Digital Dissidence and Social Media Censorship in Africa
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This book reflects on the rapid rise of social media across the African continent and the legal and extra-legal efforts governments have invented to try to contain it.
The relentless growth of social media platforms in Africa has provided the means of resistance, self-expression, and national self-fashioning for the continent’s restlessly energetic and contagiously creative youth. This has provided a profound challenge to the African "gatekeeper state", which has often responded with strategies to constrict and constrain the rhetorical luxuriance of the social media and digital sphere. Drawing on cases from across the continent, contributors explore the form and nature of social media and government censorship, often via antisocial media laws, or less overt tactics such as state cybersurveillance, spyware attacks on social media activists, or the artful deployment of the rhetoric of "fake news" as a smokescreen to muzzle critical voices. The book also reflects on the Chinese influence in African governments’ clampdown on social media and the role of Israeli NSO Group Technologies, as well as the tactics and technologies which activists and users are deploying to resist or circumvent social media censorship.
Drawing on a range of methodologies and disciplinary approaches, this book will be an important contribution to researchers with an interest in social media activism, digital rebellion, discursive democracy in transitional societies, censorship on the Internet, and Africa more broadly.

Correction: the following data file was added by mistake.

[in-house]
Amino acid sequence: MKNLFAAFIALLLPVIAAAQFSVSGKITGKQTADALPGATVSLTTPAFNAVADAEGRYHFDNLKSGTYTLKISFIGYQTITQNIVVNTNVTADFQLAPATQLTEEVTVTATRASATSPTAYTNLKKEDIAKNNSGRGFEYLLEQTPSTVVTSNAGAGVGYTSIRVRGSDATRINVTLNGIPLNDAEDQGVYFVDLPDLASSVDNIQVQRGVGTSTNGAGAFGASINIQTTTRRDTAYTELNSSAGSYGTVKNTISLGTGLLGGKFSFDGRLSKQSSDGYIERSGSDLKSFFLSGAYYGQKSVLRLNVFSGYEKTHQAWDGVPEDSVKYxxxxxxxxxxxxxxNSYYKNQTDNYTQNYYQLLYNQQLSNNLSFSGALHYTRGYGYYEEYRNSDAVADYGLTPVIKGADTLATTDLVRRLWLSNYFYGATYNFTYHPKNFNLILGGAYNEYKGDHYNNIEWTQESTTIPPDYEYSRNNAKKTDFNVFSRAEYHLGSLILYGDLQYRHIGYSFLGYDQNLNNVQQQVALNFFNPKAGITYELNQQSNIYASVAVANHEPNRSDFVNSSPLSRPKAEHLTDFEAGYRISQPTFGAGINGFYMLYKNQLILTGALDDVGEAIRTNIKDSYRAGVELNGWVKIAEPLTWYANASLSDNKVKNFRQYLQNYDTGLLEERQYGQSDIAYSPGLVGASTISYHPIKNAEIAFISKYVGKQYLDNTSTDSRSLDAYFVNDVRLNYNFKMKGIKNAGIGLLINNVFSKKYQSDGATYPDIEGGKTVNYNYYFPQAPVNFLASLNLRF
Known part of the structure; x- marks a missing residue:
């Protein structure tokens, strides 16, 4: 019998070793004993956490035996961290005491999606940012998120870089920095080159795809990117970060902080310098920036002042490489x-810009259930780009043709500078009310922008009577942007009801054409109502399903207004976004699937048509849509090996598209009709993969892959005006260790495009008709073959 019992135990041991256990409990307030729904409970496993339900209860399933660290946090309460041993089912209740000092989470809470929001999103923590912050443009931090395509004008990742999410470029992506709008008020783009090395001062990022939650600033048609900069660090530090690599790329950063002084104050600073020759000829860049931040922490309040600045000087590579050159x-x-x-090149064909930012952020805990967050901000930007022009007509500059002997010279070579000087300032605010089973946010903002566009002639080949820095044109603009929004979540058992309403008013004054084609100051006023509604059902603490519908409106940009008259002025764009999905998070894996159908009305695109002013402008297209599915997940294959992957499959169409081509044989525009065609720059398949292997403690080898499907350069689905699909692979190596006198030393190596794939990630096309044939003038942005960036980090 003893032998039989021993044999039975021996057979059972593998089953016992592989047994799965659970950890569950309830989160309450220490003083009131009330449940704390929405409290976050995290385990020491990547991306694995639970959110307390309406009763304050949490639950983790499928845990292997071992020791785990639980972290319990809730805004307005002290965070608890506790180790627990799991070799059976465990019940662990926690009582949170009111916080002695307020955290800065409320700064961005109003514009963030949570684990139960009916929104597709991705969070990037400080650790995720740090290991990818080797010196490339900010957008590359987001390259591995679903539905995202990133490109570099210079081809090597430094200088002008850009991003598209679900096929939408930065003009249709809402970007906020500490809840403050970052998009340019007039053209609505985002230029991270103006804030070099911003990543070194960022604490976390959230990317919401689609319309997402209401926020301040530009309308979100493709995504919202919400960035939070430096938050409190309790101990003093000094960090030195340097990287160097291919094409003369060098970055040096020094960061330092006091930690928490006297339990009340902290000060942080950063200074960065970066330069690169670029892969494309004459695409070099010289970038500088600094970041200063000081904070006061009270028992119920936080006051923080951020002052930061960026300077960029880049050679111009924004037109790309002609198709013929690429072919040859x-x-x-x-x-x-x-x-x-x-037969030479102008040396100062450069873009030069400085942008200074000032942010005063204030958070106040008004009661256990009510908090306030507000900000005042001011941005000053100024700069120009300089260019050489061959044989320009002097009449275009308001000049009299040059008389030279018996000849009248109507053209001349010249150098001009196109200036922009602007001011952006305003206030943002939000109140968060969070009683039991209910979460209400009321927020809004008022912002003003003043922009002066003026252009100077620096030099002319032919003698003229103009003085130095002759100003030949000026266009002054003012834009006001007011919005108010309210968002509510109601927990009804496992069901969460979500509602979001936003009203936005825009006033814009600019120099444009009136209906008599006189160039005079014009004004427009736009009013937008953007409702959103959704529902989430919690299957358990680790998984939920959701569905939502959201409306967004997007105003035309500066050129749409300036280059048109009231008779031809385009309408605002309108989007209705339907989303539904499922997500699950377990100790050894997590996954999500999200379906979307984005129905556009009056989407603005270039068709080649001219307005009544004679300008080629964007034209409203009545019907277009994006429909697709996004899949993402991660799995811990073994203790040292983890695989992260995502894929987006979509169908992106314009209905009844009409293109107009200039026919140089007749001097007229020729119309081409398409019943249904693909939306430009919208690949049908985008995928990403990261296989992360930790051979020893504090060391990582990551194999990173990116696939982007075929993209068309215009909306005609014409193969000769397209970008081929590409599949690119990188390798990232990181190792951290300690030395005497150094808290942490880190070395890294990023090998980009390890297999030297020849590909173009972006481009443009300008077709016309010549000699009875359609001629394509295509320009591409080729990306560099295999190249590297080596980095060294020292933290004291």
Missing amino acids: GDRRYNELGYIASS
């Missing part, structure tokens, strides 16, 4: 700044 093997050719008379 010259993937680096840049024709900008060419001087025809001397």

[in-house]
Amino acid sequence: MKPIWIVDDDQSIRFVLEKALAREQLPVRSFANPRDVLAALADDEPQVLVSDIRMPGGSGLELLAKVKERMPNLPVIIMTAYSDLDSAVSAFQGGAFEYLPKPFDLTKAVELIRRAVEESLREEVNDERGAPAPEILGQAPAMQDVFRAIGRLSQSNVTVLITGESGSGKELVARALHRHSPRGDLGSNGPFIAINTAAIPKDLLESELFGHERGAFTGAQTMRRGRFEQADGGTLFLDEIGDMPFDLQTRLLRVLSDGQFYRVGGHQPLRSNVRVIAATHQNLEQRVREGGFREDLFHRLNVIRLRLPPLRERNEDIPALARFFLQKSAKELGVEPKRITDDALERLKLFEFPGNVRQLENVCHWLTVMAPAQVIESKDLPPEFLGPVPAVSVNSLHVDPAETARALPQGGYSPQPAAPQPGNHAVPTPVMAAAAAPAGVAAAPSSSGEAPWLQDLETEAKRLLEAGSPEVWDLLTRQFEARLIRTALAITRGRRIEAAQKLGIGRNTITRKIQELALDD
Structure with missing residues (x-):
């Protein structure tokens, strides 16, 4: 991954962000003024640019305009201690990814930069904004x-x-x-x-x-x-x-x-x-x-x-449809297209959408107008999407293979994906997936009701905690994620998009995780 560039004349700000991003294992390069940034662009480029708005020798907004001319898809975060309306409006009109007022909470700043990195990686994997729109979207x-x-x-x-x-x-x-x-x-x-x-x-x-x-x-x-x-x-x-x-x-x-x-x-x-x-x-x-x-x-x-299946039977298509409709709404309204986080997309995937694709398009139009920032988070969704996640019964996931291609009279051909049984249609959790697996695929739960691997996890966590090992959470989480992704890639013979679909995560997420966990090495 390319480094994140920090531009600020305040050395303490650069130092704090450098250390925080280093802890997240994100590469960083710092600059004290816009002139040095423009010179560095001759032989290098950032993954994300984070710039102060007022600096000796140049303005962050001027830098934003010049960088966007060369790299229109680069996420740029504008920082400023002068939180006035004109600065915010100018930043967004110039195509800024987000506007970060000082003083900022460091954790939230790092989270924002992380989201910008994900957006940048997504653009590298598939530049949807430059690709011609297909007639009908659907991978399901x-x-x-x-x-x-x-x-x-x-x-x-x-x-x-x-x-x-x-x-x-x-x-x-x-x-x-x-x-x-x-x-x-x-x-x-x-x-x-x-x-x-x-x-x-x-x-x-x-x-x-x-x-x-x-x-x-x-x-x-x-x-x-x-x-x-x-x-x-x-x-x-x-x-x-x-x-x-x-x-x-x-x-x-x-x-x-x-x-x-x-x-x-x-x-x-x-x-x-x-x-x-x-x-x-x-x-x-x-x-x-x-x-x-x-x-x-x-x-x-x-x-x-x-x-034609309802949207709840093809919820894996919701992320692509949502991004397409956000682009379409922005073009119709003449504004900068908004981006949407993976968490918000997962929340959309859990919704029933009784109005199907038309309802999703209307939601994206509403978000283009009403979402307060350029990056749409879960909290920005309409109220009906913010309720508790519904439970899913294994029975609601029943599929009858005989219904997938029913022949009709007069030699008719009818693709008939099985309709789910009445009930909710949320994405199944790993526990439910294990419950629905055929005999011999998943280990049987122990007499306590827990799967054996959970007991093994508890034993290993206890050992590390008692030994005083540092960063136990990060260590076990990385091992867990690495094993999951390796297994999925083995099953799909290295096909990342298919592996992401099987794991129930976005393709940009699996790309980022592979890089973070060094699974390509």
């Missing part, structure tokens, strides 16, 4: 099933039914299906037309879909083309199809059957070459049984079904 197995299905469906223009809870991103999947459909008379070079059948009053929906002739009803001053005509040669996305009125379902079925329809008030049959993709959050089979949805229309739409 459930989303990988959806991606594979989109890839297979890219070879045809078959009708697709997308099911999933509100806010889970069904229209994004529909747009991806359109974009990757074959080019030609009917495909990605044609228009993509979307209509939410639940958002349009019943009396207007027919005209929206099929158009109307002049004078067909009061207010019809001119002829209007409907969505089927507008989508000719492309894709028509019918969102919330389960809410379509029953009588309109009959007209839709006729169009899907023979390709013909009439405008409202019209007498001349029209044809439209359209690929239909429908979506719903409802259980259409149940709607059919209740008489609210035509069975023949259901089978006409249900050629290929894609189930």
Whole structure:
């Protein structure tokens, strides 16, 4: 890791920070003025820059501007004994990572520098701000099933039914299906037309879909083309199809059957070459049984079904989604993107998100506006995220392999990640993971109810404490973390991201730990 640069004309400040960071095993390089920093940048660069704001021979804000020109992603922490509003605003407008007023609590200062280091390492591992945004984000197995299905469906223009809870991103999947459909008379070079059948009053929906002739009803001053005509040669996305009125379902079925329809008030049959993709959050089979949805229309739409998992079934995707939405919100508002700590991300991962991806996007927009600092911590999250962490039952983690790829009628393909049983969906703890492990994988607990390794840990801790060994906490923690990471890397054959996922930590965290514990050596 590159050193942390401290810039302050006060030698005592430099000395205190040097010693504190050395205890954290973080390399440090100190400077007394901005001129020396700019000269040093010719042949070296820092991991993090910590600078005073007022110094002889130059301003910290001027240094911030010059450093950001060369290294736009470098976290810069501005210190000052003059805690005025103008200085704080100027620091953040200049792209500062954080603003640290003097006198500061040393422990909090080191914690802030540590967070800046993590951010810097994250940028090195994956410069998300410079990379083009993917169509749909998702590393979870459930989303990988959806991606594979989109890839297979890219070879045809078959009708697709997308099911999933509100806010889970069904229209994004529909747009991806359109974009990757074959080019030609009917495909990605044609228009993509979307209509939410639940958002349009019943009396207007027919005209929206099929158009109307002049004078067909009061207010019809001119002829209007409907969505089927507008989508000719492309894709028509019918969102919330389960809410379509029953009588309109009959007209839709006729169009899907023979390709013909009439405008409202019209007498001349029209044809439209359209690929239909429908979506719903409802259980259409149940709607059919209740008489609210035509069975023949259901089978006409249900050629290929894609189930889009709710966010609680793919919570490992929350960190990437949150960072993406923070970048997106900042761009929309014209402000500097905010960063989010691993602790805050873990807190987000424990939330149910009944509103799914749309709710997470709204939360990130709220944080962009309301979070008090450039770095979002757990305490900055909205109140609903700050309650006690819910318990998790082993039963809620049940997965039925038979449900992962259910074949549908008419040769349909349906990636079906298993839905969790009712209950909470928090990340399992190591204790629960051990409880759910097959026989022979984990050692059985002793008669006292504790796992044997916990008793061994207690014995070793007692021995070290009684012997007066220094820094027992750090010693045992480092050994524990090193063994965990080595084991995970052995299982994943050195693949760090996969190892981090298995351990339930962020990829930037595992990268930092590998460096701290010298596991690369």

Table of Contents
Introduction: The Gatekeeper State Meets Digital Citizen Panoptic Gaze, PART I: BACKGROUND ON SOCIAL MEDIA AND INTERNET CENSORSHIP IN AFRICA, Chapter 1: Historicising and Theorising Social Media and the Demotic Turn in Communication in Africa by Farooq A. Kperogi, Chapter 2: His Excellency, the Internet and Outraged Citizens: An Analysis of the Big Man Syndrome and Internet Shutdowns in Africa by Shepherd Mpofu, Chapter 3: Capital, the State, and the Digital Divide: A Critical Reflection on Social Media Censorship in Ghana by Eric Karikari, Chapter 4: Between State Interests and Citizen Digital Rights: Making Sense of Internet Shutdowns in Zimbabwe by Tendai Chari, PART II: PROTEST JOURNALISM AND CITIZEN DISSIDENCE ON SOCIAL MEDIA, Chapter 5: Countering Hegemony in Zimbabwe’s Cyber Sphere: A Study of Dissident Digital Native Group #Tajamuka by Trust Matsilele, Chapter 6: Cyber Space as Battlefield for Nationalist and Separatist Groups: A Study of Nigeria’s Indigenous People of Biafra Online Propaganda by Floribert Patrick C. Endong, PhD and Paul Obi, Chapter 7: Social Media, Censorship and Counter-Censorship of Female Performances in Morocco and Egypt by Ebtesam M. El Shokrofy, Chapter 8: From Facebook to FaceBimeeza: How Ugandans Used Facebook to Replace Banned Radio Political Debates During the 2016 Presidential Elections by Marion O. Alina, Chapter 9: Digital Dissidents or Whistle-blowers? A Critical Analysis of Microbloggers in Kenya by Job Mwaura, PART III: SOCIAL MEDIA REPRESSION AND STATE SURVEILLANCE, Chapter 10: Social Media Usage and Digital Rights Restrictions in The Republic Of Chad by Akwasi Bosompem Boateng, Chapter 11: Powers, Interests and Actors: The Influence of China in Africa’s Digital Surveillance Practices by Allen Munoriyarwa and Sarah Helen Chiumbu, Chapter 12: Social Mediated Crisis Communication: Legitimacy, Significant Choice, and Censorship in the Armed Conflict in Cameroon by Vincent Doh Manzie, Chapter 13: Case Studies on Anti-Social Media Laws in African Countries by Anna Nakaayi
Farooq A. Kperogi, PhD., is Professor of Journalism and Emerging Media at Kennesaw State University’s School of Communication and Media where he teaches and researches global communication, journalism, social media, communication research methods, global English articulations, virtual reality journalism, alternative media, citizen journalism, diasporic media, and a host of other communication topics.